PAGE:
Beyond Patriarchy: Woman, Islam, Pakistan

As I see it: A religion that grants women more freedom and rights than most has been wrongly used to colonize them for far too long

Dr Zainab Aman at The Express Tribune: The non-dismissive and dogmatic spirit of poet Fahmida Riaz’s “Chaadar aur chaar-diwari” has been haunting me since March 8th. Her, ‘bring this show to an end now Sire, cover it up now. Nor I, but you need this chaadar now,’ shout relevance more than ever. Her deconstructive poetry became polemical against a dictator’s harmful portrayal of women’s bodies as the symbol of honor for the nation. Years later, the enduring relevance of her dismantling verses prompts a poignant question about the unchanged societal view of women in Pakistan.

3 women: Unfinished painting by Irshad Salim (2023/2024)

Not long ago, a woman in Lahore narrowly escaped with her life as a charged mob called for her beheading. Fueled by ignorance and purporting a religion that has called more for peace than anything, they demanded rectification. The woman later appeared on television, seeking forgiveness for wearing attire that wasn’t provocative in any way to begin with. It wasn’t revealing or morally offensive. The only shortcoming was that it had calligraphy over it that could be misinterpreted by those unable to read Arabic, ultimately leading them to mistakenly believe it’s a Quranic verse. She was presented as the culprit heavily covered with a large chadar, accepting blame for a crime that isn’t even listed.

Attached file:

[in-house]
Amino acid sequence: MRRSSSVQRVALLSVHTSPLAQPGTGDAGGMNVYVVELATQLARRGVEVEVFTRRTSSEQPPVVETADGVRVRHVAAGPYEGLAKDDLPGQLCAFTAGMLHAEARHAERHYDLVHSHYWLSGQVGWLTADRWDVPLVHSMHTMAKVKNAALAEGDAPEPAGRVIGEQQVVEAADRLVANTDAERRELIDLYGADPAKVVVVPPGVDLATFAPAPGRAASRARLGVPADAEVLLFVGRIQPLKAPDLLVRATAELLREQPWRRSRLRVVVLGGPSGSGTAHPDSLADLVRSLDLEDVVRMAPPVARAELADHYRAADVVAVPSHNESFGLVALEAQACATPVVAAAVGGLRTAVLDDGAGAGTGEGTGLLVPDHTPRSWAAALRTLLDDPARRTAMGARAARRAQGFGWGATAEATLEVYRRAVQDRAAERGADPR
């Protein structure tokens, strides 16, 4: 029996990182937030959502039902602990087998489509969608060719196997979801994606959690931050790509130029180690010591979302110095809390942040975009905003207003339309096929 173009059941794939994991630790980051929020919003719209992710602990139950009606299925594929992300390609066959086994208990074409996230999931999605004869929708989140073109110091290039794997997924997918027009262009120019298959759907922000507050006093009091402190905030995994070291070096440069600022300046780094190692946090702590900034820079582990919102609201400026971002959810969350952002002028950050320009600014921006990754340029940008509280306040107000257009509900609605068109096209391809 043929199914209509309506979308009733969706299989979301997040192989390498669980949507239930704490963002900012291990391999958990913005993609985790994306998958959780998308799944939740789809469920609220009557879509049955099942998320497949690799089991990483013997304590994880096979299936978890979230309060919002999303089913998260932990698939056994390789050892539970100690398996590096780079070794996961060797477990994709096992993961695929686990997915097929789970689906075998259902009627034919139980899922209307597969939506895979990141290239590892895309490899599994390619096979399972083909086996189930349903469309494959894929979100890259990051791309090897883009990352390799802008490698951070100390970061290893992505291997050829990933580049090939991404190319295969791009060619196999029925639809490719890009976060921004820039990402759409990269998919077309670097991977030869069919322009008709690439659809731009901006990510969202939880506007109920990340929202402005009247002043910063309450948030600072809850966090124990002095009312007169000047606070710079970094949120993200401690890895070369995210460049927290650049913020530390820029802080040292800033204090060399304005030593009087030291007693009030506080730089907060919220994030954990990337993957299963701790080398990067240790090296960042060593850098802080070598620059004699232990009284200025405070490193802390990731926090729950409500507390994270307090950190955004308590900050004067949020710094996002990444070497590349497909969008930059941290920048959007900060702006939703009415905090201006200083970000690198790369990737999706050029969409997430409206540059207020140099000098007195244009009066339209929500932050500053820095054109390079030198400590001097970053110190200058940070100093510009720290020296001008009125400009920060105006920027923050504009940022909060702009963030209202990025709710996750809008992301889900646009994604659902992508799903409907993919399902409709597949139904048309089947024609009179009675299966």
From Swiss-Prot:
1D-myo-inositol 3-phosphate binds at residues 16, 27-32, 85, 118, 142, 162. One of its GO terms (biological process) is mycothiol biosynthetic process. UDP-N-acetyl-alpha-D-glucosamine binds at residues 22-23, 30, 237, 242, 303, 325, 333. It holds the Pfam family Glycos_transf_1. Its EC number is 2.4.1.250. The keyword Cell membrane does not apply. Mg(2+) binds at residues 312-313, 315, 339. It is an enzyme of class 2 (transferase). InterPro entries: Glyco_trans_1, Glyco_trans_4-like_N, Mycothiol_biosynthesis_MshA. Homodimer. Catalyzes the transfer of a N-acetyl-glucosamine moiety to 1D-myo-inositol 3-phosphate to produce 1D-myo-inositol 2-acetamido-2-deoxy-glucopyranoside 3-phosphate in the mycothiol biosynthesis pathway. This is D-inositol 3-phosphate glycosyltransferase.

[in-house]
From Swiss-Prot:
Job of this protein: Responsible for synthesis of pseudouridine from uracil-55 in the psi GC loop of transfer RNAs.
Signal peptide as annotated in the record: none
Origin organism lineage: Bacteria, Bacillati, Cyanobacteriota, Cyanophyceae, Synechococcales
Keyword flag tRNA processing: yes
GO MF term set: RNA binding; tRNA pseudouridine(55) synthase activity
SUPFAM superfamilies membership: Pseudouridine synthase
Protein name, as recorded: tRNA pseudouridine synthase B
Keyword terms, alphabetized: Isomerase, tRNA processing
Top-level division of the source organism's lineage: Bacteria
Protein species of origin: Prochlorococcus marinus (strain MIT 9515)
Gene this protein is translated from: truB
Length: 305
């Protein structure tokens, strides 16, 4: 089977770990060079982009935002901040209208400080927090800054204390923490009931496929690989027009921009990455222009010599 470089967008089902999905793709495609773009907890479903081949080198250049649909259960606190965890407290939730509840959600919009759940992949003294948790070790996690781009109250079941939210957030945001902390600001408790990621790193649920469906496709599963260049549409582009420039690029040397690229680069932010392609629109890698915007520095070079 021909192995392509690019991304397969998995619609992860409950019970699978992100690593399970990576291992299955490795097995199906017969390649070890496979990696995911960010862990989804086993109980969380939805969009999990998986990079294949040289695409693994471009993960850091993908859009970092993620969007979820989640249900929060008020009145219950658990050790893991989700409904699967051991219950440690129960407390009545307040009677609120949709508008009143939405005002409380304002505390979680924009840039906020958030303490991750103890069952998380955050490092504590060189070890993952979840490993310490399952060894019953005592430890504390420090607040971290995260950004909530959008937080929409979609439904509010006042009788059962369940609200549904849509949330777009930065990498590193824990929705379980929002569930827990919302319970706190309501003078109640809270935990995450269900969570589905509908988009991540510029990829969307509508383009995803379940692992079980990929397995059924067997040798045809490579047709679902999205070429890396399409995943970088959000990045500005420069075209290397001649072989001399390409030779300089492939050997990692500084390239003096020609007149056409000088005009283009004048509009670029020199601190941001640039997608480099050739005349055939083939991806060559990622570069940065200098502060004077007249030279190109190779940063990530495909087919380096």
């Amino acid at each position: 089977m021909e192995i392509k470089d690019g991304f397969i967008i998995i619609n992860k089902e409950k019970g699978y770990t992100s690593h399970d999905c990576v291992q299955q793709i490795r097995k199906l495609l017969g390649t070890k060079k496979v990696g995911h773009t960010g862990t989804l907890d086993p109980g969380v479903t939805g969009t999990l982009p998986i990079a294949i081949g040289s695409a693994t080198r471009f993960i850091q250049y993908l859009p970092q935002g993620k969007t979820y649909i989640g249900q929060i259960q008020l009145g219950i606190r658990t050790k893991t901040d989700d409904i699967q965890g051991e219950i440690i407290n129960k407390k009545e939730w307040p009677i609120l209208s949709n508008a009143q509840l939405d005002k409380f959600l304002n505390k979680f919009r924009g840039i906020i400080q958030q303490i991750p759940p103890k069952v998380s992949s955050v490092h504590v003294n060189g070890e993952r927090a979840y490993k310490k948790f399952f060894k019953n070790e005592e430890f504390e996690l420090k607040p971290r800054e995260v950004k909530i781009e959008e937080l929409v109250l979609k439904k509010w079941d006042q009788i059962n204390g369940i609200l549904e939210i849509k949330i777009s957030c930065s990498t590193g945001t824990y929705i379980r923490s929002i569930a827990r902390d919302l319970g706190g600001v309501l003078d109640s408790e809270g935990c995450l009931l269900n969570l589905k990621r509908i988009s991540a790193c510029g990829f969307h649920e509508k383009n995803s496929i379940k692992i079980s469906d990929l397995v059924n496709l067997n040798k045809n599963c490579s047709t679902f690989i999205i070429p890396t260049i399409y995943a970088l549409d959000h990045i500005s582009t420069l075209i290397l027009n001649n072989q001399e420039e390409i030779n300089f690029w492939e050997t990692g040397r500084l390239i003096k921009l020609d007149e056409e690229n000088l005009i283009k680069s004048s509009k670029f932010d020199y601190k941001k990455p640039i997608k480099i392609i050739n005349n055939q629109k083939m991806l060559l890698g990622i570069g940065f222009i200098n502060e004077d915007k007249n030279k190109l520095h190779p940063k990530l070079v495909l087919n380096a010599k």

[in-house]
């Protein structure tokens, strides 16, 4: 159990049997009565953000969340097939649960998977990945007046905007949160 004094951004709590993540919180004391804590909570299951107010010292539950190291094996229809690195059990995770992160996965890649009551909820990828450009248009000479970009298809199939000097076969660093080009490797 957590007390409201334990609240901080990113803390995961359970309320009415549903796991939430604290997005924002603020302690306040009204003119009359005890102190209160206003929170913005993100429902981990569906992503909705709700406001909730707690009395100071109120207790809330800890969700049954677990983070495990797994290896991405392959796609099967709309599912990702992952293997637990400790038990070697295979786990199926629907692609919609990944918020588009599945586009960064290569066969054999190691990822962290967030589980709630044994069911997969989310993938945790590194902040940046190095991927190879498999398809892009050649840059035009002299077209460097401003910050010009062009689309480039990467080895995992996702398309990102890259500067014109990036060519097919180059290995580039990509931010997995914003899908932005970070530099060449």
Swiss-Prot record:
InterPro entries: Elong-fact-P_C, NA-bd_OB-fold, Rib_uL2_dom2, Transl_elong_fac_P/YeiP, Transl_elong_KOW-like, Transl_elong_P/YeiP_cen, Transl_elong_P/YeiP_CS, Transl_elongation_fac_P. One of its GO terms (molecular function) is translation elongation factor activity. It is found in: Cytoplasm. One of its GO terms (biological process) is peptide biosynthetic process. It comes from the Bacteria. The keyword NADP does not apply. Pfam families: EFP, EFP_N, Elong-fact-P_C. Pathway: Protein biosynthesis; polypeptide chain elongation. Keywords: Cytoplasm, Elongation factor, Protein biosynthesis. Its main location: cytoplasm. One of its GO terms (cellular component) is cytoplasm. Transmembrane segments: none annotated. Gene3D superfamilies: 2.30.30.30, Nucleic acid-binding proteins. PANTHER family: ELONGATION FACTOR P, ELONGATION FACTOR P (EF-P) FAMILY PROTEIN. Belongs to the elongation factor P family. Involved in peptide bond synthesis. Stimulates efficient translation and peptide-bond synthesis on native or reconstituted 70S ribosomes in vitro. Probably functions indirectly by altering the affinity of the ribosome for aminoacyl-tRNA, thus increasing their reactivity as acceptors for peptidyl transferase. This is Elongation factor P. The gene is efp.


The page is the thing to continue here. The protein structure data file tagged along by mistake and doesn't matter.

And it’s not the first time that our religion and its masculine interpretation has been used as tools to subjugate women, demanding conformity to a cultural construct of honor. For years now, a sinister culturally driven interpretation has taken over our society, one that is far away from the essence of Islam. At the forefront of it all has been the not so gender-neutral blasphemy law.

More here.

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